dictated to him the singular thought Dean of St. Paul's in the reign of James of enrobing himself while living, in the First. Among the occurrences the habiliment of the dead. of his life I was particularly struck A sbort time since, baviog a desire with one which took place near the to see the burial-place of our great close of his wearisome pilgrimage. Naval Commander, I visited the crypt His physician, Dr. Fox, perceiving of St. Paul's; and having viewed the him to be near his end, and finding Hero's tomb, rambled under the vault. hiin perfectly cheerful and resigned, ing that supports the master-piece of proposed to bim, that after his de Sir Christopher Wren. Upon coming parture a monunent should be erected to the Eastern extremity, I discovered to his memory, to which the Dean an effigies which I immediately recog. very readily acceded, and, without in- nised as the identical figure of Dr. forming the Doctor of his particular Donne*, which I had so frequently intention, soon afterwards sent for a contemplated through the obscure mecarver, to make for bim in wood the dium of description. This inimitable figure of an uro, giving him direc- piece of sculpture, according to the tions for the compass and height'of statement of Sir Henry Wotton, seeing it, and to bring with it a board of , to breathe faintly; and he adds, that the height of his body. These being posterity shall look upon it as a kind prepared, a choice painter was of living miracle ; for he never could readiness to draw his picture, which have anticipated the arrival of an was taken as follows: Several char æra when this curious resemblance coal fires being first made in his study, of his much-esteemed friend should he brought with him into that place be ignominiously cast aside like a his winding-sheet, and having put off broken vessel. Upon a close inspec. all his clothes had this sheet put on tion of every part of the figure, I him, and so tied at his head and feet, had the satisfaction to find that it and his hands placed, as dead bodies has not sustained the slightest daare interred. Upon this urn he thus mage, although rescued from the stood with his eyes shut, and so much embers of so vast a ruin. Its present of the sheet turned aside as to shew situation, however, exposes it to every his face, which was then lean and injury; the urn lies near it upon the death-like. This picture being finish- ground, and may be tossed about by ed was set by his bedside, where it every wanton or idle foot. .continued till bis death, when his exe I consider, Mr. Urban, that it would cutor Dr. King, Bishop of Chichester, do honour to the taste, I bad almost caused him to be carved in one entire said piety, of any person who has piece of white marble, and placed in sufficient influence, were they to ei. the Cathedral Church of St. Paul's. ert it in causing the effigies of Dr. Upon the urn was a Latin inscription, Donue, Dean of Si. Paul's, to be rewhich I shall not trauscribe, as it moved from its present state of obhas been many times printed ; nor scurity and degradation, to some conneed I remark, that the Cathedral spicuous place in the Cathedral. was destroyed in the fire of 1666, It is worthy of remark, that while suand consequently every monumeut perb monuments in commemoration of it contained buried in its ruins. literary great pess, unwearied Phi.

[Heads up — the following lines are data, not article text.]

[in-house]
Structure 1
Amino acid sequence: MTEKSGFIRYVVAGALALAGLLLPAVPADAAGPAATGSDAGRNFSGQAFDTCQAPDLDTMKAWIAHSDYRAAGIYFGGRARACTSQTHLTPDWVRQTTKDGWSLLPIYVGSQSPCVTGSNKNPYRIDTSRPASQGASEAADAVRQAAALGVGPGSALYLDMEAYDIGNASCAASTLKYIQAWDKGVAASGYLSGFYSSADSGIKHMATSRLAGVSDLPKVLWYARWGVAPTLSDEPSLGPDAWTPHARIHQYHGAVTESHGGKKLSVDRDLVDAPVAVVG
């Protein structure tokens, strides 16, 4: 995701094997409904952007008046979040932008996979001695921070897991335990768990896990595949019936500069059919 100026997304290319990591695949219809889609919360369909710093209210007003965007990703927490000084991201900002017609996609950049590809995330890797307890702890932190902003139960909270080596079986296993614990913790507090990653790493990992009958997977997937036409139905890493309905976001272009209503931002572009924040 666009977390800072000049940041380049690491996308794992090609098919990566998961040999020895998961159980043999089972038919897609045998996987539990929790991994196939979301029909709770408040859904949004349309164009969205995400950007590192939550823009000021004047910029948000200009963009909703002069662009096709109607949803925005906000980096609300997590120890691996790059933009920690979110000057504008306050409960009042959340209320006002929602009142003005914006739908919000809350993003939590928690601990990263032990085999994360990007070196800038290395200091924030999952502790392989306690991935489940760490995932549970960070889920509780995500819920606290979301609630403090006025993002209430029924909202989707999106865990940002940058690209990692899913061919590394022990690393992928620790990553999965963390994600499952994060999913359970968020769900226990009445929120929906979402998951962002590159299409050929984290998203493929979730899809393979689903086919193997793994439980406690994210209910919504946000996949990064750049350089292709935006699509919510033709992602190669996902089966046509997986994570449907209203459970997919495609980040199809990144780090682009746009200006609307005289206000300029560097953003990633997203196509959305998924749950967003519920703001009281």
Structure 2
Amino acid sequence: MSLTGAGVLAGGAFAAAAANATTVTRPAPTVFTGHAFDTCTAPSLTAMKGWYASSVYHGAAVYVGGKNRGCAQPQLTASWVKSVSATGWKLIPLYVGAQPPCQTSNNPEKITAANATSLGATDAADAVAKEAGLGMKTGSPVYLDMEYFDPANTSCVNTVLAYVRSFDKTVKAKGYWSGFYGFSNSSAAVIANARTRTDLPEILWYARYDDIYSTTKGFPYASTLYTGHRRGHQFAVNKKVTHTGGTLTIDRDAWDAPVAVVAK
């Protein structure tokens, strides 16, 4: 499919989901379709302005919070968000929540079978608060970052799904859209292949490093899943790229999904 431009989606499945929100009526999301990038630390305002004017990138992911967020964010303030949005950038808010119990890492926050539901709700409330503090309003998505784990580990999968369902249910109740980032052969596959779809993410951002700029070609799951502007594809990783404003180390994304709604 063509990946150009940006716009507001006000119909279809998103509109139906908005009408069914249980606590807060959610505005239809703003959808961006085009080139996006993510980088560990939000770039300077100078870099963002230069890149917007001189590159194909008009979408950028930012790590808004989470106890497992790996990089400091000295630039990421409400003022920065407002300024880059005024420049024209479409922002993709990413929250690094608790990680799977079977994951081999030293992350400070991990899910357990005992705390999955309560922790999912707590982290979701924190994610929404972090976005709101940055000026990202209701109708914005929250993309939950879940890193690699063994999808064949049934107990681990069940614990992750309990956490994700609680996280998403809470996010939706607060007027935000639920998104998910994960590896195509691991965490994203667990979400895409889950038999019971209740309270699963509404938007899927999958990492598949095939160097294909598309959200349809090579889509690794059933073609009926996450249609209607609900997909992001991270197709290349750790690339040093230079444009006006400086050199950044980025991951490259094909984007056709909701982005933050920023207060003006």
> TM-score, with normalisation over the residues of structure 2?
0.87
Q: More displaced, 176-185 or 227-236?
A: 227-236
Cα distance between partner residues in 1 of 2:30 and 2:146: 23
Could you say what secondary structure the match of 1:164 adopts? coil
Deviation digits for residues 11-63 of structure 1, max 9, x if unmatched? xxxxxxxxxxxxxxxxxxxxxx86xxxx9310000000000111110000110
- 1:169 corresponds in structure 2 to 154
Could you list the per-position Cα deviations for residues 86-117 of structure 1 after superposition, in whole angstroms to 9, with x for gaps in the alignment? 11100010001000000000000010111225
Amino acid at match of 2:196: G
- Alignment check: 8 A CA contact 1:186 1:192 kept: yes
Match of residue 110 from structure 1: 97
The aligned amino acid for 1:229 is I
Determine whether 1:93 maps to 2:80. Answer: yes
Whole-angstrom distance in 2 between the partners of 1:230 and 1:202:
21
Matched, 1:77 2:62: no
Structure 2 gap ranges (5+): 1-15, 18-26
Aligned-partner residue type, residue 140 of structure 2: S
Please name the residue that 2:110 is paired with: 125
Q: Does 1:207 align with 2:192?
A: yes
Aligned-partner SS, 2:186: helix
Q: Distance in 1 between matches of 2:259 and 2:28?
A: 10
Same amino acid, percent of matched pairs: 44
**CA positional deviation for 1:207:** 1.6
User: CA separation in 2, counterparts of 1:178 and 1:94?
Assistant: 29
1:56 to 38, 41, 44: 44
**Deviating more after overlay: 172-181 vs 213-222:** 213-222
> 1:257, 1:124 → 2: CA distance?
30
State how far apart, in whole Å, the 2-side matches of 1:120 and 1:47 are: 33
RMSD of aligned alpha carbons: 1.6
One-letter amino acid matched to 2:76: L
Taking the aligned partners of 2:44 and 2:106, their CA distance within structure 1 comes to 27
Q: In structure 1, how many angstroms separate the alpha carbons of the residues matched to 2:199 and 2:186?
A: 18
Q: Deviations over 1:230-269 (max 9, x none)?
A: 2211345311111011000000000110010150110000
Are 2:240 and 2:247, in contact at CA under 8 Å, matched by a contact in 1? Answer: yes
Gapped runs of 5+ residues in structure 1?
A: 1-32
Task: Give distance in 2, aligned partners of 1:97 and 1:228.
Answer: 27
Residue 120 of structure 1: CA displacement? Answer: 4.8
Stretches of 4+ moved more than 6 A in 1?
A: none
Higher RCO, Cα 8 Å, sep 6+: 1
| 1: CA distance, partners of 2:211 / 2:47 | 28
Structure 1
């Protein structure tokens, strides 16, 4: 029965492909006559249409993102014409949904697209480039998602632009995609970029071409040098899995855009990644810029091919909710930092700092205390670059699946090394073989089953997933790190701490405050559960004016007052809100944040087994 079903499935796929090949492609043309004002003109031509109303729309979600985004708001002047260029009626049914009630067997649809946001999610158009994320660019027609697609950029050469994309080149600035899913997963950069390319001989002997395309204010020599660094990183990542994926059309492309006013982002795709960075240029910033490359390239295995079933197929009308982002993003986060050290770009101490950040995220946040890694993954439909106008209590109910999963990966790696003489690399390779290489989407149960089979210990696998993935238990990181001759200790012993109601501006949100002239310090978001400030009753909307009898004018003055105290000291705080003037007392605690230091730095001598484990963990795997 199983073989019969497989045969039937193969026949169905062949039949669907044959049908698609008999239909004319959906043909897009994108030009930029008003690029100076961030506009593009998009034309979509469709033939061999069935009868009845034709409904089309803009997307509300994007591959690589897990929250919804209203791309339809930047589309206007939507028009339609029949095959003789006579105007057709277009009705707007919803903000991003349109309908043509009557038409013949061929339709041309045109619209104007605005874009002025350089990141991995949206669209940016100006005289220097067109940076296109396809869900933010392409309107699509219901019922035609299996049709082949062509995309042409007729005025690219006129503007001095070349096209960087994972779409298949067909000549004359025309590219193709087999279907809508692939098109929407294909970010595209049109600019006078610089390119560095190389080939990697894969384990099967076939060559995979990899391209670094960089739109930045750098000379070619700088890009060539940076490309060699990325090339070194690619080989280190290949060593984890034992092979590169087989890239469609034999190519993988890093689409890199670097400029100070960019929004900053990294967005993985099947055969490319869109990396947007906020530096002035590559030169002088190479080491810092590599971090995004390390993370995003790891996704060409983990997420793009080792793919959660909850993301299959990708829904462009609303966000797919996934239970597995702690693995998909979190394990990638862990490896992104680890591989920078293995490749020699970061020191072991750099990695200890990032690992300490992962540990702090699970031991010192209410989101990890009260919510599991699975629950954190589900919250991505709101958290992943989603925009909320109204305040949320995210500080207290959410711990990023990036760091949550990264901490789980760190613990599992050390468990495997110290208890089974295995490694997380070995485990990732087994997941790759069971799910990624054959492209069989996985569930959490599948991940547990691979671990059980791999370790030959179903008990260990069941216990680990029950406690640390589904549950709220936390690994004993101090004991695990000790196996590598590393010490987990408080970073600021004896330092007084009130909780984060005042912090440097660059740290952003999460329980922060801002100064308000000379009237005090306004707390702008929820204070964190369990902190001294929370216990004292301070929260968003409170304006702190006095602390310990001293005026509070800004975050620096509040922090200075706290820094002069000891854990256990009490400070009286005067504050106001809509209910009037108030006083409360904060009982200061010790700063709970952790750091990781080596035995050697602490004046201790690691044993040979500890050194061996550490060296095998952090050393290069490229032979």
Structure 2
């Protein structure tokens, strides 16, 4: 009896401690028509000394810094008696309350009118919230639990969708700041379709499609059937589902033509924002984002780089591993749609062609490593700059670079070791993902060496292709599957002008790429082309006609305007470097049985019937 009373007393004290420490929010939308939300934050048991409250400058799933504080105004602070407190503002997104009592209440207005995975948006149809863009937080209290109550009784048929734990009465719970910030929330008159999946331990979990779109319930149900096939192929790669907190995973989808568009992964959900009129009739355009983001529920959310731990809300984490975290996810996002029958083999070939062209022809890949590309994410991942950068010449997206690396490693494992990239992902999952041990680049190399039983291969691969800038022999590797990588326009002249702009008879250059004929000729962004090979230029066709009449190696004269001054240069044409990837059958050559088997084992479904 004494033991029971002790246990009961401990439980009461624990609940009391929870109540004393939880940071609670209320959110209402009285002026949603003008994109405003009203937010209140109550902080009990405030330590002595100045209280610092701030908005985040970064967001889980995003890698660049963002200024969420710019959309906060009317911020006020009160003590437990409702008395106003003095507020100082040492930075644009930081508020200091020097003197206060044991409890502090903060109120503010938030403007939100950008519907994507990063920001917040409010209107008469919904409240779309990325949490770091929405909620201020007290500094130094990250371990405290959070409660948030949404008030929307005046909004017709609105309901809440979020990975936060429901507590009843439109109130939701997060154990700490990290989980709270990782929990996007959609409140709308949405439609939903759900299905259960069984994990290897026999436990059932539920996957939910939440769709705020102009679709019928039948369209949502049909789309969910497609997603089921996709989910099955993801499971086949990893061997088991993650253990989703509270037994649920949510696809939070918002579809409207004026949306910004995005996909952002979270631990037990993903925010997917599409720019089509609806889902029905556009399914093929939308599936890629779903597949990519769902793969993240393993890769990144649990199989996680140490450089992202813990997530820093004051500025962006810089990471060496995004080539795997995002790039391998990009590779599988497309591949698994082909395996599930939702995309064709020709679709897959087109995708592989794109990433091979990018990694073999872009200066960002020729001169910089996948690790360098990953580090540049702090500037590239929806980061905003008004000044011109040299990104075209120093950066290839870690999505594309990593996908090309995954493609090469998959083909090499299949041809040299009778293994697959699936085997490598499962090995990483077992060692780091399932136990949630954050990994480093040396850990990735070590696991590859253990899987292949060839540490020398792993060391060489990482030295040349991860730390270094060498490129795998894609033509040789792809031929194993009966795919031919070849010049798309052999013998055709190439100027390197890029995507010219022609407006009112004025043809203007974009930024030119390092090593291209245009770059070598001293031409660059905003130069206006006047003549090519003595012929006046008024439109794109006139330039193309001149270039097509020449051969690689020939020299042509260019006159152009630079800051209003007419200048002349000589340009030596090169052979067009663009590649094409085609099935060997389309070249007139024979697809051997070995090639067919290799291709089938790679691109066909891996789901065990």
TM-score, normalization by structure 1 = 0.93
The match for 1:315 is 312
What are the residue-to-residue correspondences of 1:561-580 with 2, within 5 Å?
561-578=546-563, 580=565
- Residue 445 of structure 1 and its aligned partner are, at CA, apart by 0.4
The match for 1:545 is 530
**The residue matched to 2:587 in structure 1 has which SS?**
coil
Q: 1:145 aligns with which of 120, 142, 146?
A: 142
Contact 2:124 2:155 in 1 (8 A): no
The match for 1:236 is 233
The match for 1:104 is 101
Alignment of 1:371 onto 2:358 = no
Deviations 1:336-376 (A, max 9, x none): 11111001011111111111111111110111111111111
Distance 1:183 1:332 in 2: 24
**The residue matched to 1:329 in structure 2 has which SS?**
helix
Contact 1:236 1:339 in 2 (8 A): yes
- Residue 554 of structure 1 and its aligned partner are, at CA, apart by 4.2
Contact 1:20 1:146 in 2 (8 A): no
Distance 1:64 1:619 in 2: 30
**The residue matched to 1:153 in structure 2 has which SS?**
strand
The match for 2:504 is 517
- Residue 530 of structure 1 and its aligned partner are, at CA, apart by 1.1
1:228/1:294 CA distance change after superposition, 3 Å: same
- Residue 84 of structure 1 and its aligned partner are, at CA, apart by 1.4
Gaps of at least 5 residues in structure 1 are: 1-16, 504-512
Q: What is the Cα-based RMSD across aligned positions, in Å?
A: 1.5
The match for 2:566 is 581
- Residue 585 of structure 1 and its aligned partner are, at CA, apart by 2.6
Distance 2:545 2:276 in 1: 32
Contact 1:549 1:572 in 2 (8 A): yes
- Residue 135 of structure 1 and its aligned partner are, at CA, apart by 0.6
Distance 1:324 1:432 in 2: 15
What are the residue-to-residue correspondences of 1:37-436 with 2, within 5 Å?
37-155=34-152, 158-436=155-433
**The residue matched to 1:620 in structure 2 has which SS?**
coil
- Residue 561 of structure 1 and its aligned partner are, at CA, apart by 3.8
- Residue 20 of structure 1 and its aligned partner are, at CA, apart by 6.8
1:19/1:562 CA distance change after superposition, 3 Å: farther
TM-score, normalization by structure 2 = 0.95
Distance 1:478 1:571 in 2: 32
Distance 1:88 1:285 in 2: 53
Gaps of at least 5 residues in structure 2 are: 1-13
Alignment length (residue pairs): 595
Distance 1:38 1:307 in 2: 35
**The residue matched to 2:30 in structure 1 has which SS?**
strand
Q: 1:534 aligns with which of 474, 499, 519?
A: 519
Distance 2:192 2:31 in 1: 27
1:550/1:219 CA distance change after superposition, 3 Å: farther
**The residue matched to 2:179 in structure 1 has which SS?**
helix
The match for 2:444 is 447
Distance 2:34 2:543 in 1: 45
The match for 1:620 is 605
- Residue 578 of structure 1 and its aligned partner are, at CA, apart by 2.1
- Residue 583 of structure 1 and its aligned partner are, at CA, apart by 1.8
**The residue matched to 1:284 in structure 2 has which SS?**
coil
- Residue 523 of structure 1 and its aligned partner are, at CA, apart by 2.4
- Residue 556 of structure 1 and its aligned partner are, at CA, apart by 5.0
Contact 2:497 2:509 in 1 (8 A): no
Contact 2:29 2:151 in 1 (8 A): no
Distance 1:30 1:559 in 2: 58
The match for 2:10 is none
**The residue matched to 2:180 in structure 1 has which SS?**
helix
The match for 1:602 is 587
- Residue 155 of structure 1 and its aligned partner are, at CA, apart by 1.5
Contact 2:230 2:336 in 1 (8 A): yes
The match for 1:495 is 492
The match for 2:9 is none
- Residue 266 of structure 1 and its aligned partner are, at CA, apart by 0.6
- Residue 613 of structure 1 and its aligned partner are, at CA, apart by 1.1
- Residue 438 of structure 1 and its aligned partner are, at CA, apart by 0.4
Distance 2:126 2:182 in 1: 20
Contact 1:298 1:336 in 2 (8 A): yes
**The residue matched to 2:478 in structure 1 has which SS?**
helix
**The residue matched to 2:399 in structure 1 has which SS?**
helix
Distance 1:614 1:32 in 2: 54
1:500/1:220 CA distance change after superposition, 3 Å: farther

* To illustrate the observations of our Correspondent, an accurate resemblance of this curious figure is here annexed (see Plate II). It was carved by Nicholas Stone, who received for it 1201. This fine carving (which Mr. Gough described, on a visit to this crypt in 1783) had been by some accident removed from its place, and thrown into an obscure corner, among some old lumber; in which situation, Oct. 3, 1786, it was discovered by Dr. Ducarel and Mr. Nichols, and restored to its proper place.--- Among the other fragments of Monuments noticed by Mr. Gough, were those of Sir Thomas Heneage, to the knee; his lady perhaps ; Sir John Wolley (only half of his head gone); his lady perfect ; a half-length of Sir Nicholas Bacon ; a whole figure of a Lady, (query bis wife); Sir W. Cockayne, Alderman (a bust in a gown), and his wife, &c. &c. Edit. Gent. Mag. February, 1820.